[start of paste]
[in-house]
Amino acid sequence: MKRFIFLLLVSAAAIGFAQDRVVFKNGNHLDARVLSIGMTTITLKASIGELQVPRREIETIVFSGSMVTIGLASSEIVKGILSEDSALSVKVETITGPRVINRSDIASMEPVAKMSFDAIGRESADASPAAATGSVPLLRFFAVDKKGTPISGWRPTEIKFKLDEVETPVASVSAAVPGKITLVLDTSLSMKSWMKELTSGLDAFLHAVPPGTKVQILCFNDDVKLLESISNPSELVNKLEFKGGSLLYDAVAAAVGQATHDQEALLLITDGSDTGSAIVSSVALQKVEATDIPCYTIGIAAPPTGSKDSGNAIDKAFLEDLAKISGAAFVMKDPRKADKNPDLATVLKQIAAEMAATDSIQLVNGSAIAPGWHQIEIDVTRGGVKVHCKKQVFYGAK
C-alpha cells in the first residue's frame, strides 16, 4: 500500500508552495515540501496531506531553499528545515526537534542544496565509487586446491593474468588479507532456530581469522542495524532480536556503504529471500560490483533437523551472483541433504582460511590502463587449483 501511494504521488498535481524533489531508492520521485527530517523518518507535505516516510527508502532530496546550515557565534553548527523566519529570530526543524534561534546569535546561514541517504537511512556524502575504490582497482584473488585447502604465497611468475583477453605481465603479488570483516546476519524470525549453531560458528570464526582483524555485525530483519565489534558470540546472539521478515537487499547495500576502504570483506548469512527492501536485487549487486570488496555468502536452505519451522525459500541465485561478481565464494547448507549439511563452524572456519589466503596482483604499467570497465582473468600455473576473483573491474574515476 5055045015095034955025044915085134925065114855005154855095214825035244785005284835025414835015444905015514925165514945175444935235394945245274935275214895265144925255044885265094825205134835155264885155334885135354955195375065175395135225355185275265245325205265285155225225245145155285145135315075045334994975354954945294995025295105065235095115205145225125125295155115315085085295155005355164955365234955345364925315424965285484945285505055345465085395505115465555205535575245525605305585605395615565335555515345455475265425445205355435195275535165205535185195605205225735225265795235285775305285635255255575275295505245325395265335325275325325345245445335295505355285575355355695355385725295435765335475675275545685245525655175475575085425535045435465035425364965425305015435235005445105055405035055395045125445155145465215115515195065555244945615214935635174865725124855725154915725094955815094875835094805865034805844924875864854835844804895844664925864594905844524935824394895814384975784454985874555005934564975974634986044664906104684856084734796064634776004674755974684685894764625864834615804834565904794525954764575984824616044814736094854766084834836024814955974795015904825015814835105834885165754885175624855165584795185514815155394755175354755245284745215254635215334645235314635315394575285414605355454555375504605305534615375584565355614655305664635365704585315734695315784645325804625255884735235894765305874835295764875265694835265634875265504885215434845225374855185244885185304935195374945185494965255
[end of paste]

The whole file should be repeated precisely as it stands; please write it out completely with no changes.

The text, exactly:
[in-house]
Amino acid sequence: MKRFIFLLLVSAAAIGFAQDRVVFKNGNHLDARVLSIGMTTITLKASIGELQVPRREIETIVFSGSMVTIGLASSEIVKGILSEDSALSVKVETITGPRVINRSDIASMEPVAKMSFDAIGRESADASPAAATGSVPLLRFFAVDKKGTPISGWRPTEIKFKLDEVETPVASVSAAVPGKITLVLDTSLSMKSWMKELTSGLDAFLHAVPPGTKVQILCFNDDVKLLESISNPSELVNKLEFKGGSLLYDAVAAAVGQATHDQEALLLITDGSDTGSAIVSSVALQKVEATDIPCYTIGIAAPPTGSKDSGNAIDKAFLEDLAKISGAAFVMKDPRKADKNPDLATVLKQIAAEMAATDSIQLVNGSAIAPGWHQIEIDVTRGGVKVHCKKQVFYGAK
C-alpha cells in the first residue's frame, strides 16, 4: 500500500508552495515540501496531506531553499528545515526537534542544496565509487586446491593474468588479507532456530581469522542495524532480536556503504529471500560490483533437523551472483541433504582460511590502463587449483 501511494504521488498535481524533489531508492520521485527530517523518518507535505516516510527508502532530496546550515557565534553548527523566519529570530526543524534561534546569535546561514541517504537511512556524502575504490582497482584473488585447502604465497611468475583477453605481465603479488570483516546476519524470525549453531560458528570464526582483524555485525530483519565489534558470540546472539521478515537487499547495500576502504570483506548469512527492501536485487549487486570488496555468502536452505519451522525459500541465485561478481565464494547448507549439511563452524572456519589466503596482483604499467570497465582473468600455473576473483573491474574515476 5055045015095034955025044915085134925065114855005154855095214825035244785005284835025414835015444905015514925165514945175444935235394945245274935275214895265144925255044885265094825205134835155264885155334885135354955195375065175395135225355185275265245325205265285155225225245145155285145135315075045334994975354954945294995025295105065235095115205145225125125295155115315085085295155005355164955365234955345364925315424965285484945285505055345465085395505115465555205535575245525605305585605395615565335555515345455475265425445205355435195275535165205535185195605205225735225265795235285775305285635255255575275295505245325395265335325275325325345245445335295505355285575355355695355385725295435765335475675275545685245525655175475575085425535045435465035425364965425305015435235005445105055405035055395045125445155145465215115515195065555244945615214935635174865725124855725154915725094955815094875835094805865034805844924875864854835844804895844664925864594905844524935824394895814384975784454985874555005934564975974634986044664906104684856084734796064634776004674755974684685894764625864834615804834565904794525954764575984824616044814736094854766084834836024814955974795015904825015814835105834885165754885175624855165584795185514815155394755175354755245284745215254635215334645235314635315394575285414605355454555375504605305534615375584565355614655305664635365704585315734695315784645325804625255884735235894765305874835295764875265694835265634875265504885215434845225374855185244885185304935195374945185494965255